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    ASPEN

    Other Names:

    Álamo Temblón, American Aspen, European Aspen, Peuplier Faux-Tremble, Populi Cortex, Populi Folium, Populus tremuloides, Populus tremula, Quaking Aspen, Trembling Aspen, Zitter-Pappel.

    ASPEN Overview
    ASPEN Uses
    ASPEN Side Effects
    ASPEN Interactions
    ASPEN Dosing
    ASPEN Overview Information

    Aspen is a tree. The bark and leaf of the tree are used to make medicine.

    Aspen is used in combination with other herbs for treating joint pain (rheumatism), prostate discomforts, back trouble (sciatica), nerve pain (neuralgia), and bladder problems.

    How does it work?

    Aspen contains a chemical that is very similar to aspirin. This chemical, known as salicin, may help reduce swelling (inflammation).

    ASPEN Uses & Effectiveness What is this?

    Insufficient Evidence for:

    • Joint pain (rheumatism).
    • Prostate discomforts.
    • Back trouble.
    • Nerve pain.
    • Bladder problems.
    • Other conditions.
    More evidence is needed to rate the effectiveness of aspen for these uses.


    ASPEN Side Effects & Safety

    There isn't enough information to know if aspen is safe. Skin reactions, such as rashes, can occur if aspen comes in contact with the skin.

    Don't drink alcohol while taking aspen. Alcohol can increase the risk and seriousness of bleeding in the stomach and intestines.

    Special Precautions & Warnings:

    Pregnancy and breast-feeding: There is not enough reliable information about the safety of taking aspen if you are pregnant or breast-feeding. Stay on the safe side and avoid use.

    Aspirinallergy: Aspen contains a chemical that is very similar to aspirin. This chemical, known as salicin, may cause a reaction in people who are allergic to aspirin.

    Stomach ulcers: Aspen contains a chemical that is very similar to aspirin. This chemical, known as salicin, may make stomach ulcers worse.

    Diabetes: Aspen contains a chemical that is very similar to aspirin. This chemical, known as salicin, may make diabetes worse.

    Gout: Aspen contains a chemical that is very similar to aspirin. This chemical, known as salicin, may make gout worse.

    A blood disorder such as hemophilia or hypoprothrombinemia: Aspen contains a chemical that is very similar to aspirin. This chemical, known as salicin, may make blood disorders worse.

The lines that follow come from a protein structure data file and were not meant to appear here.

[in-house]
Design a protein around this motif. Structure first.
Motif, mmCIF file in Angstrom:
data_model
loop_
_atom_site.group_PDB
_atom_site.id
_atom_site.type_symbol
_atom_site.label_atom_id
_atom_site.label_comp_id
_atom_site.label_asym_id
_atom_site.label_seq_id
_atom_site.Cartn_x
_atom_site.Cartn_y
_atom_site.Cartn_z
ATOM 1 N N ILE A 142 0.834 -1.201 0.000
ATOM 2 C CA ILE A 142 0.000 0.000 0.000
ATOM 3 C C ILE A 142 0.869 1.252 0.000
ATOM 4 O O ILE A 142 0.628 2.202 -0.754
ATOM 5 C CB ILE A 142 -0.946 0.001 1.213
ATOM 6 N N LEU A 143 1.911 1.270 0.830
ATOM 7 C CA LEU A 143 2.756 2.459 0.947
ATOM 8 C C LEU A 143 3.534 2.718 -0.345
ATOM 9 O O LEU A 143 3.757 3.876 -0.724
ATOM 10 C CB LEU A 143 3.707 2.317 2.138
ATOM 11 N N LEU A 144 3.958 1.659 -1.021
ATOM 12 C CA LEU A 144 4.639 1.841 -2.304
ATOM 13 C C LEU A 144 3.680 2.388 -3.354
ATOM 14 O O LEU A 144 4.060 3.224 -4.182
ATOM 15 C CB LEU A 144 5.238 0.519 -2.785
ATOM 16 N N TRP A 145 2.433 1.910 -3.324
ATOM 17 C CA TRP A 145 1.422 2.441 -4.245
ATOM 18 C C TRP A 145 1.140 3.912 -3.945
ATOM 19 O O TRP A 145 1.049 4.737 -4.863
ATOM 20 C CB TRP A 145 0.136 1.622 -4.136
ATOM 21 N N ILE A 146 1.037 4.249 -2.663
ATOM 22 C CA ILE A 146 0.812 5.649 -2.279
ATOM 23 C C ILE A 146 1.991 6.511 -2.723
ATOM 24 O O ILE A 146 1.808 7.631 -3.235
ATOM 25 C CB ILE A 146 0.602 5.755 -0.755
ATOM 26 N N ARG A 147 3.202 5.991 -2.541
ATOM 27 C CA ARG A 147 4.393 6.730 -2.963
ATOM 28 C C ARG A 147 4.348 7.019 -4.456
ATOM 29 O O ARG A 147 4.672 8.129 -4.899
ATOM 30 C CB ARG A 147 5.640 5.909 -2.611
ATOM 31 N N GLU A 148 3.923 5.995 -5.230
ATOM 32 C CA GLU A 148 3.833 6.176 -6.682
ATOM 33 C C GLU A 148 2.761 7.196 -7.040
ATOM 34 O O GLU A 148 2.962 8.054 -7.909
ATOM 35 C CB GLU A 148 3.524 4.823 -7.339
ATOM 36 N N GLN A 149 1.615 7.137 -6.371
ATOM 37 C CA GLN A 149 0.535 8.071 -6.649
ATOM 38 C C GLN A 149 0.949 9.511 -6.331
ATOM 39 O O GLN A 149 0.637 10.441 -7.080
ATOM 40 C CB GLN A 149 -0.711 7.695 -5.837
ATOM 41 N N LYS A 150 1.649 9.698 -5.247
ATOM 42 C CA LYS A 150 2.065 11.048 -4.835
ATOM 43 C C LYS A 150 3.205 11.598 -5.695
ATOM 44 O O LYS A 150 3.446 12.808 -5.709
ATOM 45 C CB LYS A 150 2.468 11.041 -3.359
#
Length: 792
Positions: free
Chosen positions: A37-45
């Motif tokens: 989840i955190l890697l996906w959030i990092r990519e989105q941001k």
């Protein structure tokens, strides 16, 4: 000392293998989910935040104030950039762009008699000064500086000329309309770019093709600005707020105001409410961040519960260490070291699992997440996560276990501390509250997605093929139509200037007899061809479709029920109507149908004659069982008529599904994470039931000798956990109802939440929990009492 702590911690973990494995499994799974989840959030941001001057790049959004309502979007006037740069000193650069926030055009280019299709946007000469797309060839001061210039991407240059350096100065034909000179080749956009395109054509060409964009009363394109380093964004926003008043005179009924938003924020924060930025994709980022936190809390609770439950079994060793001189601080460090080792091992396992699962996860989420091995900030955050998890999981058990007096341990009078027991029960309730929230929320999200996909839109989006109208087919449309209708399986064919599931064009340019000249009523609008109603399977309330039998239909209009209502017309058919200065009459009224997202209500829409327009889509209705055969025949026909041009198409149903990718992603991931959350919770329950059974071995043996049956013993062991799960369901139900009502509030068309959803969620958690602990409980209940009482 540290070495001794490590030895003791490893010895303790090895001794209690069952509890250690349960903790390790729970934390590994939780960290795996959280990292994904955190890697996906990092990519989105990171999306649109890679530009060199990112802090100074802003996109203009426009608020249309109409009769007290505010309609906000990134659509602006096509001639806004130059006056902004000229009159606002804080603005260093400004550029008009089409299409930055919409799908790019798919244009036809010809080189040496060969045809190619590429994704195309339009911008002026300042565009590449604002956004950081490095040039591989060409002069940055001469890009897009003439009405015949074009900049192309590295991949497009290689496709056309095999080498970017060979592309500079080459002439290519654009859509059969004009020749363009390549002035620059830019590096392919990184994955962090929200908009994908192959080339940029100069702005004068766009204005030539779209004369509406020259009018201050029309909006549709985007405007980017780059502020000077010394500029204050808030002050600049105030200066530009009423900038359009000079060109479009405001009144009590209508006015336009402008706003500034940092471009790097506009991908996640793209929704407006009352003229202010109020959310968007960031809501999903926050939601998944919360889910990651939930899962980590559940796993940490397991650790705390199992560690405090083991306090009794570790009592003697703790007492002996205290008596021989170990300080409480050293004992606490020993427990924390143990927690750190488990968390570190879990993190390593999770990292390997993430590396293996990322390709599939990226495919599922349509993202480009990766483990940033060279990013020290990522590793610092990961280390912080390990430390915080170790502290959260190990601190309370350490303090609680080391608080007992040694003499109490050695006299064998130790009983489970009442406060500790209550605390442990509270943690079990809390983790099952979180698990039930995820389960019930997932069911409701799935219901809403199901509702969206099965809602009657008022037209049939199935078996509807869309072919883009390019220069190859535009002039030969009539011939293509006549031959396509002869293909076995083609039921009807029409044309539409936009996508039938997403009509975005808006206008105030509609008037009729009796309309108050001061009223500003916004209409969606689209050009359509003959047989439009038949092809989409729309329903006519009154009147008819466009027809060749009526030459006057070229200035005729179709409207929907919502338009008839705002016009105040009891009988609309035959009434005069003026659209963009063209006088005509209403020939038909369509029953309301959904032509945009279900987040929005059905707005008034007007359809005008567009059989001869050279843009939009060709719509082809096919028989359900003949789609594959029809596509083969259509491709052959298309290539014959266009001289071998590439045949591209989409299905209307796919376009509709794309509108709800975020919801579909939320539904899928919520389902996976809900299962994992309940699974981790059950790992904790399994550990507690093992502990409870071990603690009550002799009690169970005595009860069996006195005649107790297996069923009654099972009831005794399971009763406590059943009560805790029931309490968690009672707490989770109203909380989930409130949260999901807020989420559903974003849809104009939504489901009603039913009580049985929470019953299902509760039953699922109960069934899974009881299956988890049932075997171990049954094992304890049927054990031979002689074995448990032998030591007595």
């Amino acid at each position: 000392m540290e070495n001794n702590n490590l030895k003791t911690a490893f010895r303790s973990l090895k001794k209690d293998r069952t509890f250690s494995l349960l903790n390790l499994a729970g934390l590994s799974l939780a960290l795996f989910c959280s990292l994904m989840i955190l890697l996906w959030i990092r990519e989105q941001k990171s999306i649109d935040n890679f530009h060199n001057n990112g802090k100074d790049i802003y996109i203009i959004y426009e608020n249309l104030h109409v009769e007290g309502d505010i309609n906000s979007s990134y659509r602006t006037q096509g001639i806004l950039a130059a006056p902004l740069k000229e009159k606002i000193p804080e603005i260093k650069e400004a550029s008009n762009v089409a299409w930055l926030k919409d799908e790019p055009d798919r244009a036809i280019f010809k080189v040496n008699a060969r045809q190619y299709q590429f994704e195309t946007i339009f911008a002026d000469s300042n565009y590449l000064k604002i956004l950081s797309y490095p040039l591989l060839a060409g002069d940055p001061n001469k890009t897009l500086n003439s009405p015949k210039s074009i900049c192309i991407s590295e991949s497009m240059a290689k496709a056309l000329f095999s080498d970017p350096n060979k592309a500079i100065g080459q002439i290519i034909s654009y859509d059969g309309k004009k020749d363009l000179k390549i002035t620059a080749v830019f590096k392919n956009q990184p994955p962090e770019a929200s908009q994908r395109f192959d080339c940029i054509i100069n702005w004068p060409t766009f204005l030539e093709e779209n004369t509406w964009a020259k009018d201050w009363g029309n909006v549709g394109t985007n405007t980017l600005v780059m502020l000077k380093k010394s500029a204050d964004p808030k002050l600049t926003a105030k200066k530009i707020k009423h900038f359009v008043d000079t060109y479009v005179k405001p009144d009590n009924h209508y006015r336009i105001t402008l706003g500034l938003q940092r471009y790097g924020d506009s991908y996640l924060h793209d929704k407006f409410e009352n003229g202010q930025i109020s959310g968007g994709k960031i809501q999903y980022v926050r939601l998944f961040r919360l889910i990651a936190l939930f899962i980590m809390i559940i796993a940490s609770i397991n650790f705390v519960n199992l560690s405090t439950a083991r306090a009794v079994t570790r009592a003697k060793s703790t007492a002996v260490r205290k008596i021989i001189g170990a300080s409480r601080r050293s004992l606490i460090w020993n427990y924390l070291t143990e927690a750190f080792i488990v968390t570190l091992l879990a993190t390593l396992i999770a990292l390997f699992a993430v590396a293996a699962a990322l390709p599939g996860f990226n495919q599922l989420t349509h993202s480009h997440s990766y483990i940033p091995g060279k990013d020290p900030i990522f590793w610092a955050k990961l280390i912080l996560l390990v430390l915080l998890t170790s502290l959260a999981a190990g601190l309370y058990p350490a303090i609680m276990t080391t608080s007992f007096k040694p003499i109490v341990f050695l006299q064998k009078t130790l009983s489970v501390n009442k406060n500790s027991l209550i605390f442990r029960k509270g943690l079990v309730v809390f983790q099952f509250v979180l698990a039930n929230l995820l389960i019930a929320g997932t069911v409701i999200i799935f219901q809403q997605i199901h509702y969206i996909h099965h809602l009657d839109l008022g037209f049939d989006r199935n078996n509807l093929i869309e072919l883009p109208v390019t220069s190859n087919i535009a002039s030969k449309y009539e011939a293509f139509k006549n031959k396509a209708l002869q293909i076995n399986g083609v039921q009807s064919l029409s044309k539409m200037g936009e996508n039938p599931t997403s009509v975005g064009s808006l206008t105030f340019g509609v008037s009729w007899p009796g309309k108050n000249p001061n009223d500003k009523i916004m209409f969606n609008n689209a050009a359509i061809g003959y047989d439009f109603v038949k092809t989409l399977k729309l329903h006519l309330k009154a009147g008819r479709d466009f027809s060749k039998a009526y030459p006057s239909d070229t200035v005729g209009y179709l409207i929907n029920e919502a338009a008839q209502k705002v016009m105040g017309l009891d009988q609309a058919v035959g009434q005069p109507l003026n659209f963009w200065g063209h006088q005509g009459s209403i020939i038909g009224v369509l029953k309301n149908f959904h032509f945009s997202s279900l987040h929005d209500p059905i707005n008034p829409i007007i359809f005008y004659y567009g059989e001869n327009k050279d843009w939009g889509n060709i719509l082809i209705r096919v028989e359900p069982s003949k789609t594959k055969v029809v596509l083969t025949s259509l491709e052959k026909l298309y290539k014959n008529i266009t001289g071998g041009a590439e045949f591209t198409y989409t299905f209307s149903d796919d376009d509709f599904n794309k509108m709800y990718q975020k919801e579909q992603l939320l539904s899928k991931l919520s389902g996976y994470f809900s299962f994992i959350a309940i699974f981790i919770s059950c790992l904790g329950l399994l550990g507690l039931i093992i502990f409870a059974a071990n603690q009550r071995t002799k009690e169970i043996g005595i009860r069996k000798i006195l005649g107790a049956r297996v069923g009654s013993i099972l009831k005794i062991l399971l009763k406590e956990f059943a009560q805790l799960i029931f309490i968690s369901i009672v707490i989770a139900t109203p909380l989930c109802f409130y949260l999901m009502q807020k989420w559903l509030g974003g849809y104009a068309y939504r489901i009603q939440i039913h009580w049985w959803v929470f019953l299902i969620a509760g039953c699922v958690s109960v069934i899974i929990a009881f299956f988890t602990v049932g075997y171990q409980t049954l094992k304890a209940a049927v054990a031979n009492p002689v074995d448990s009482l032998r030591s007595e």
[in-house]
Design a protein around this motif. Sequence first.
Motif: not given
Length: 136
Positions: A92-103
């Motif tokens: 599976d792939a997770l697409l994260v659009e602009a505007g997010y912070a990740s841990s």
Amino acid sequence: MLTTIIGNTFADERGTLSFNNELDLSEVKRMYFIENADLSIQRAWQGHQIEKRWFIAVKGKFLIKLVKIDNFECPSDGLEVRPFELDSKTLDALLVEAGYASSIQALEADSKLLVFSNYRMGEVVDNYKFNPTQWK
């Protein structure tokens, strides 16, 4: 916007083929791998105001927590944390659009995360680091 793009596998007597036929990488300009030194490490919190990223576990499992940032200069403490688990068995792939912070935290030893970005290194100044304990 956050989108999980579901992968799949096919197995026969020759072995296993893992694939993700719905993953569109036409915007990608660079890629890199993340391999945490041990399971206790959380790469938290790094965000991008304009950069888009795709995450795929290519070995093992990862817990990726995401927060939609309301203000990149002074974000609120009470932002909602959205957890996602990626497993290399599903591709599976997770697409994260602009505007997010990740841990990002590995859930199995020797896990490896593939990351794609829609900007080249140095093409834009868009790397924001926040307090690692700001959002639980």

Liver disease: Aspen contains a chemical that is very similar to aspirin. This chemical, known as salicin, may make liver disease worse.

    Kidney disease: Aspen contains a chemical that is very similar to aspirin. This chemical, known as salicin, may make kidney disease worse.

    ASPEN Interactions What is this?

    We currently have no information for ASPEN Interactions

    ASPEN Dosing

    The appropriate dose of aspen depends on several factors such as the user's age, health, and several other conditions. At this time there is not enough scientific information to determine an appropriate range of doses for aspen. Keep in mind that natural products are not always necessarily safe and dosages can be important. Be sure to follow relevant directions on product labels and consult your pharmacist or physician or other healthcare professional before using.

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    Conditions of Use and Important Information: This information is meant to supplement, not replace advice from your doctor or healthcare provider and is not meant to cover all possible uses, precautions, interactions or adverse effects. This information may not fit your specific health circumstances. Never delay or disregard seeking professional medical advice from your doctor or other qualified health care provider because of something you have read on WebMD. You should always speak with your doctor or health care professional before you start, stop, or change any prescribed part of your health care plan or treatment and to determine what course of therapy is right for you.

    This copyrighted material is provided by Natural Medicines Comprehensive Database Consumer Version. Information from this source is evidence-based and objective, and without commercial influence. For professional medical information on natural medicines, see Natural Medicines Comprehensive Database Professional Version. © Therapeutic Research Faculty 2009.

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